While I’ve had a few rough days where I’ve had to take care of classes while a teacher was out – rough because the learners misbehave and know I won’t beat them, I’ve had some pretty awesome moments as well. Today, my counterpart and I gave out a writing assignment for the learners to write about heroes or people they admire. In both classes, a learner raised their hand and asked if they could write about Mr. Kelly.

We’re now in the end of year exam period, which entails “invigilating” exams (a seemingly made-up word for proctoring) and also trying to get learners to be quiet and study when they aren’t taking exams. Yesterday, there was an essay question about Batman. I don't even know what to say about that so I'll leave it to y'all for the witty comments. That’s all for now, more to come soon.

Monday, November 7, 2011

All The Way Swornt In

Finally, I can truly say I am a Peace Corps Volunteer! After eight weeks of training on language, technical lessons on education, health, security issues, cross cultural discussions, Namibia Group 34 was sworn in on Thursday, October 20th.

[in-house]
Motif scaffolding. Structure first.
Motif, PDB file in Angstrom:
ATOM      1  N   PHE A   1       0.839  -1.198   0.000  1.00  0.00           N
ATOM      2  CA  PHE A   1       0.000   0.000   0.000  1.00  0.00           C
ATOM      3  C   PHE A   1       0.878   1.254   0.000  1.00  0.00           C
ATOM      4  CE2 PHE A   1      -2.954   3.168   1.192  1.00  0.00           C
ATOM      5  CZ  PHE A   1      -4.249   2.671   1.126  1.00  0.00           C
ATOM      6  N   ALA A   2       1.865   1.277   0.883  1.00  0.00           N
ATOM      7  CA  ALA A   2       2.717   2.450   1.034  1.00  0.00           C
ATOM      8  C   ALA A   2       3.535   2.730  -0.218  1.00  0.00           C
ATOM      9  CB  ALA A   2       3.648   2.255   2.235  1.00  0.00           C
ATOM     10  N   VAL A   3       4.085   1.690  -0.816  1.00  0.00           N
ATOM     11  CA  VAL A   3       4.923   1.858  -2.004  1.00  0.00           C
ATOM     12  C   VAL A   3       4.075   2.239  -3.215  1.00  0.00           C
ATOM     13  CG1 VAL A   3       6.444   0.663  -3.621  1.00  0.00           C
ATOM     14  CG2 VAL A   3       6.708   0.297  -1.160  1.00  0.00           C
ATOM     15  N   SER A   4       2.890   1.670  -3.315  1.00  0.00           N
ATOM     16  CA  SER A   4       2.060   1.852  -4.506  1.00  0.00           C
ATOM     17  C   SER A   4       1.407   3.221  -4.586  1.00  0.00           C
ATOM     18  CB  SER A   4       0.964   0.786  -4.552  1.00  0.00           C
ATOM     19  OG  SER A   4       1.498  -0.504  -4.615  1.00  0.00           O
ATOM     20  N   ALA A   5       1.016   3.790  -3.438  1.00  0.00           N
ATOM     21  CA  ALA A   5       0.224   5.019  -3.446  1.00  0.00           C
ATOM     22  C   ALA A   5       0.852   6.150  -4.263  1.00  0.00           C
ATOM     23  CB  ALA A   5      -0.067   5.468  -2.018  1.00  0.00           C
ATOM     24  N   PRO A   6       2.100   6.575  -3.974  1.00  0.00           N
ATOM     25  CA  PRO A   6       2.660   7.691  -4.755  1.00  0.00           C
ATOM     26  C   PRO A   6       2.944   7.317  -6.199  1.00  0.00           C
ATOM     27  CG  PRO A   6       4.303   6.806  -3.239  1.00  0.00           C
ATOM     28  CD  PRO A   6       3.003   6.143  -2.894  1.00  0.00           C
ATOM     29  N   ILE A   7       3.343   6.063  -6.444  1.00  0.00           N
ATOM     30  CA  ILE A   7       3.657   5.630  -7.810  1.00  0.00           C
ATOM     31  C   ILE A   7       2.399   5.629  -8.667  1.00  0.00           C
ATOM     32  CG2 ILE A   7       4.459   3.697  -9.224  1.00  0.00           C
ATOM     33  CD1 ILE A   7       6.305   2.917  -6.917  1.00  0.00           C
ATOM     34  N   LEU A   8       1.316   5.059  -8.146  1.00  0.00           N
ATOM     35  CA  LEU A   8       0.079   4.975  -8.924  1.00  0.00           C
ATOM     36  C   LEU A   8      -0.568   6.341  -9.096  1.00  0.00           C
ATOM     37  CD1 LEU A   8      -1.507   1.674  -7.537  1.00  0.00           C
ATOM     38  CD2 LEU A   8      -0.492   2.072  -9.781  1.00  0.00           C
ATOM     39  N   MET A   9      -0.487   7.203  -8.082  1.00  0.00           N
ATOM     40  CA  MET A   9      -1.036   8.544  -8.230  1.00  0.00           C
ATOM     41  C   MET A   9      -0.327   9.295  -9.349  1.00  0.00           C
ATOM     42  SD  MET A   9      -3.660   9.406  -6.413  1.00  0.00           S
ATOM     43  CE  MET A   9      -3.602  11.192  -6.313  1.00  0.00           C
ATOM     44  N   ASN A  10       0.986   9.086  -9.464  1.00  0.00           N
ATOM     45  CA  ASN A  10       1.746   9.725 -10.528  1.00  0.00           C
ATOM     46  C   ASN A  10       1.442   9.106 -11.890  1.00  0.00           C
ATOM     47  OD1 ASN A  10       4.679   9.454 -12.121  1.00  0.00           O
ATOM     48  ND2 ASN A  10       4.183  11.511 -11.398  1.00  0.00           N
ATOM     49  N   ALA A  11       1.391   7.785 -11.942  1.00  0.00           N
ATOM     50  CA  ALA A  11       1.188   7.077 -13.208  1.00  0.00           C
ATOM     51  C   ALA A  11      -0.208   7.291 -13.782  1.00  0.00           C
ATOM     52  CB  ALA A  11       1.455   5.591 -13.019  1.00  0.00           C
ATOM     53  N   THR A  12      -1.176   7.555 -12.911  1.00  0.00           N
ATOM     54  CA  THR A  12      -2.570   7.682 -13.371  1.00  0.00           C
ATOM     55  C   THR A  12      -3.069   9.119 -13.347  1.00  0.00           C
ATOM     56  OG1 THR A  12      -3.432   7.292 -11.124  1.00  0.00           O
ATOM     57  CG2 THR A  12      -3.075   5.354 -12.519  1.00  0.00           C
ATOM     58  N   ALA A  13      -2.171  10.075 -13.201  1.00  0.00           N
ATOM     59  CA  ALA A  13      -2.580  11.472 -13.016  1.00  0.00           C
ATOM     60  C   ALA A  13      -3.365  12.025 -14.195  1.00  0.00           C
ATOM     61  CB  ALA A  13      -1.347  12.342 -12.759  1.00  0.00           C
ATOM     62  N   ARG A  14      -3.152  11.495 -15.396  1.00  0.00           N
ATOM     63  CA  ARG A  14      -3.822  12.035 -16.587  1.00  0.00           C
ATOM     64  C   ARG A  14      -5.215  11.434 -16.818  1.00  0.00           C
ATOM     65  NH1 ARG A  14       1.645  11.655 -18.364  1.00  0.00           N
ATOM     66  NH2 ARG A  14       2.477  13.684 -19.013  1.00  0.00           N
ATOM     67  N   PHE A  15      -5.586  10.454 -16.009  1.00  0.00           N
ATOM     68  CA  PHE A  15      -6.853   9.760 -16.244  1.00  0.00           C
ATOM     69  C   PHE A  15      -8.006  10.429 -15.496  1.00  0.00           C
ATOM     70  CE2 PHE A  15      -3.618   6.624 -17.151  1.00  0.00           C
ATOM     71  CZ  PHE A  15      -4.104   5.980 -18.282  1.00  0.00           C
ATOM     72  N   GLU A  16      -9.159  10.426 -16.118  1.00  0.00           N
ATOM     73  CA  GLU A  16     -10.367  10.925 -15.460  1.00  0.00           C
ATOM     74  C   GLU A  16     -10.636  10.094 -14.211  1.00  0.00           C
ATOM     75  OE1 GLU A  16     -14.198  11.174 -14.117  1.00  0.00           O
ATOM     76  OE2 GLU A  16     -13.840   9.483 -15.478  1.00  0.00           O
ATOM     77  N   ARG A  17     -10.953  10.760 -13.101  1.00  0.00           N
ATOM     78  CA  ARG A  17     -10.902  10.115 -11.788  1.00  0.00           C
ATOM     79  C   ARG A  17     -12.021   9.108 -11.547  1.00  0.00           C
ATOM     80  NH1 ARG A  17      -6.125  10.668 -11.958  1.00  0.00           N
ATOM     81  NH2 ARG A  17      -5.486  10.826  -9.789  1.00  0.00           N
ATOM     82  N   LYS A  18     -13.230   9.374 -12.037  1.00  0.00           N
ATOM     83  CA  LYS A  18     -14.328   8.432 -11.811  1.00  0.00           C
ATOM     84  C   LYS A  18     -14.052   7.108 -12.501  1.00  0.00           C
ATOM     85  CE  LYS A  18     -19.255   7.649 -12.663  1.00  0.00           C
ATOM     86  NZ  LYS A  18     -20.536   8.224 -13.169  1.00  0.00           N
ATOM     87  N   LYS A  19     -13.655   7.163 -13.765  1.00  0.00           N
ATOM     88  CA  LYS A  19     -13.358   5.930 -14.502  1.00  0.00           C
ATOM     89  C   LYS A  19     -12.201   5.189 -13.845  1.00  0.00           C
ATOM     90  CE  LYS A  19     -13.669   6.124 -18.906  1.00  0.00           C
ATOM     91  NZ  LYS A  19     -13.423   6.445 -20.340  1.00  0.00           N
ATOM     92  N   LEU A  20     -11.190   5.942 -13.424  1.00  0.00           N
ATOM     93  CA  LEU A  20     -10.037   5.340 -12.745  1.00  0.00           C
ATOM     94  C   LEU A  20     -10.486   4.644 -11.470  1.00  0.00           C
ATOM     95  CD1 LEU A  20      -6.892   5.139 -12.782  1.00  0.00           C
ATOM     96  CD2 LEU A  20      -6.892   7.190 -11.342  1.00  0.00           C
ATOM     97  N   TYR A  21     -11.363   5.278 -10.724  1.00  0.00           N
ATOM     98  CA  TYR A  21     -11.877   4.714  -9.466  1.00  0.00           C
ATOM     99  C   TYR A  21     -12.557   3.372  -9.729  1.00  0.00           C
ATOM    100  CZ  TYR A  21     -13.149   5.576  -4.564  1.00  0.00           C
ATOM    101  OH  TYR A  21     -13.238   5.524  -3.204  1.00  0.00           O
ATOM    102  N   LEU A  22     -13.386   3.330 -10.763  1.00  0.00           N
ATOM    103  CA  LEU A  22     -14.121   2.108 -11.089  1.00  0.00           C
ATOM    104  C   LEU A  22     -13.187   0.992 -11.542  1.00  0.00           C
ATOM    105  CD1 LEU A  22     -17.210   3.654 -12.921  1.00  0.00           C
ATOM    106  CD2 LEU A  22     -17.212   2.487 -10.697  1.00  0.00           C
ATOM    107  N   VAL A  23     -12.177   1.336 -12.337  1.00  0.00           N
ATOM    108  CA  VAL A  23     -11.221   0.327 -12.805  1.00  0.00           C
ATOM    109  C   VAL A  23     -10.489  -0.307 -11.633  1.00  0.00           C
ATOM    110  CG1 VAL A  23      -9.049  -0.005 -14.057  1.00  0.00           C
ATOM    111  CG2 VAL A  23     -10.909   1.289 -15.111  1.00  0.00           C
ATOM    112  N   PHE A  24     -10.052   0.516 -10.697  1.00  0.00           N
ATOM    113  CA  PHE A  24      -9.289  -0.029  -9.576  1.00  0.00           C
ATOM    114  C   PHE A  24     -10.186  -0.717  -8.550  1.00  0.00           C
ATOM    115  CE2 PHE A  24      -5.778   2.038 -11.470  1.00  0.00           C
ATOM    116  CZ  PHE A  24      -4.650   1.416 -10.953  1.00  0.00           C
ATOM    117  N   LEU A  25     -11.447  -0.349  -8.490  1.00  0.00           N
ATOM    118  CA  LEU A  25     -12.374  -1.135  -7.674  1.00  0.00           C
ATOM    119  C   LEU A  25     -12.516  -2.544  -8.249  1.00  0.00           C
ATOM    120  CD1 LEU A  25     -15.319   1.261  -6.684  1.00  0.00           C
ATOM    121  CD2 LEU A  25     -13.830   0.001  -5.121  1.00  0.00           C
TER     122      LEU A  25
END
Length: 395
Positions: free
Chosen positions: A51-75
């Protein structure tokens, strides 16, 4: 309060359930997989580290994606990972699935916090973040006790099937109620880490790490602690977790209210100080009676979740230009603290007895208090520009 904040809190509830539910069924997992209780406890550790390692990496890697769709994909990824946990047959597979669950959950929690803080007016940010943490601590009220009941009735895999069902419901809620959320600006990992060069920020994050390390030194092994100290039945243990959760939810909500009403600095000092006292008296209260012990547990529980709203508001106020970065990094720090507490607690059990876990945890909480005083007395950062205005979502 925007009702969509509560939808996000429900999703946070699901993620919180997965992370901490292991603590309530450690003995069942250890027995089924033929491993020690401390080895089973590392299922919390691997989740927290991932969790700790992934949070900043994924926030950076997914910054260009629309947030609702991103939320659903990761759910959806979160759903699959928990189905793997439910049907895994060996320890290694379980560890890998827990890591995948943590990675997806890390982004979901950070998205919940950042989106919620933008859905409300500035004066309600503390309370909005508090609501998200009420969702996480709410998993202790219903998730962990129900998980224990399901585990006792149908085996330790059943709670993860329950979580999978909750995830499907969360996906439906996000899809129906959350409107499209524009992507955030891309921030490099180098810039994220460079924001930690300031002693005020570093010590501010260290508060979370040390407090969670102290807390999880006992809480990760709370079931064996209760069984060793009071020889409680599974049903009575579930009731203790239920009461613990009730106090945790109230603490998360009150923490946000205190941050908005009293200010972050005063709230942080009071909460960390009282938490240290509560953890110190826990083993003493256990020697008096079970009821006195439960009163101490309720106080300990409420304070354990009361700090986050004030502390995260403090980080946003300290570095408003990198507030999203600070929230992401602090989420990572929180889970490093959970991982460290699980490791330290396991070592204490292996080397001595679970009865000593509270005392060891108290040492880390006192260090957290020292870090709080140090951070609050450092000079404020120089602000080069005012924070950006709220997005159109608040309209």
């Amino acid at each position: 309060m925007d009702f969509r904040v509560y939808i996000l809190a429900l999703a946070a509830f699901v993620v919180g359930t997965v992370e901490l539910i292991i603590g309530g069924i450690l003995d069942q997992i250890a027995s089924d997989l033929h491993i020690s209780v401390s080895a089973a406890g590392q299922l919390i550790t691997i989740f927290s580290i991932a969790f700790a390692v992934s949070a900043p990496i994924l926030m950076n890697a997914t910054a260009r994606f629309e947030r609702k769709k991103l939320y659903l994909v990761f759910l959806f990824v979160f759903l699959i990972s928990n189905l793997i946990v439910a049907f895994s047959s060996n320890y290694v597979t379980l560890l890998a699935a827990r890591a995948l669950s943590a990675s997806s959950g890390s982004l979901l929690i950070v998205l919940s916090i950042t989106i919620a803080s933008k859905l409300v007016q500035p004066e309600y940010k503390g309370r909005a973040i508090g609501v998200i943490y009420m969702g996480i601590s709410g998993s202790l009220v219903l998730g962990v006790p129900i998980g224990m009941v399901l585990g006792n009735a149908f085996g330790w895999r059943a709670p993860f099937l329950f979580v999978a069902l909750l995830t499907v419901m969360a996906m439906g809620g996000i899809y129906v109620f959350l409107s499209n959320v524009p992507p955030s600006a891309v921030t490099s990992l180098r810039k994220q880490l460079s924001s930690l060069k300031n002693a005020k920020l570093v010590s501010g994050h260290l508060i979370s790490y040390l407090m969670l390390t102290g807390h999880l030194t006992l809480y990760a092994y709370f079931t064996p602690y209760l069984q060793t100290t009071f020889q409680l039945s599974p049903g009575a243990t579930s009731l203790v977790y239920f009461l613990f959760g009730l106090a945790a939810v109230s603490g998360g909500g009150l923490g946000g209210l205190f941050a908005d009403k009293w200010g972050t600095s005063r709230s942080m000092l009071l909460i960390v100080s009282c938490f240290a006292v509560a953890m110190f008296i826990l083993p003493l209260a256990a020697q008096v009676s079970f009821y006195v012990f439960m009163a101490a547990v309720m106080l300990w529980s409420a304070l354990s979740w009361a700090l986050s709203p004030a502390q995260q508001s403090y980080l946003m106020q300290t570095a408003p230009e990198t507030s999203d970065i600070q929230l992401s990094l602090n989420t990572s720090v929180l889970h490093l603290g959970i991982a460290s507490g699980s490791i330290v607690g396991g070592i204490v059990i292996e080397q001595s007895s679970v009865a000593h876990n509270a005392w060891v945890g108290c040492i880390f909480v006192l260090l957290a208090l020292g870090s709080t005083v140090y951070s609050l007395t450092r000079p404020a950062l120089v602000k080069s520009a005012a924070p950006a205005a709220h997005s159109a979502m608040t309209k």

The last few weeks of Pre-Service Training (PST) seemed to be the first time here in Namibia that time went by at its true pace. As I may have said in previous updates, the first few days of my Peace Corps experience seemed like months. I think the comments you would get from anyone in Group 34 about the end of PST concern the excitement of officially becoming a PCV along with the reality check that will be on our own and without the social comfort of our new American friends.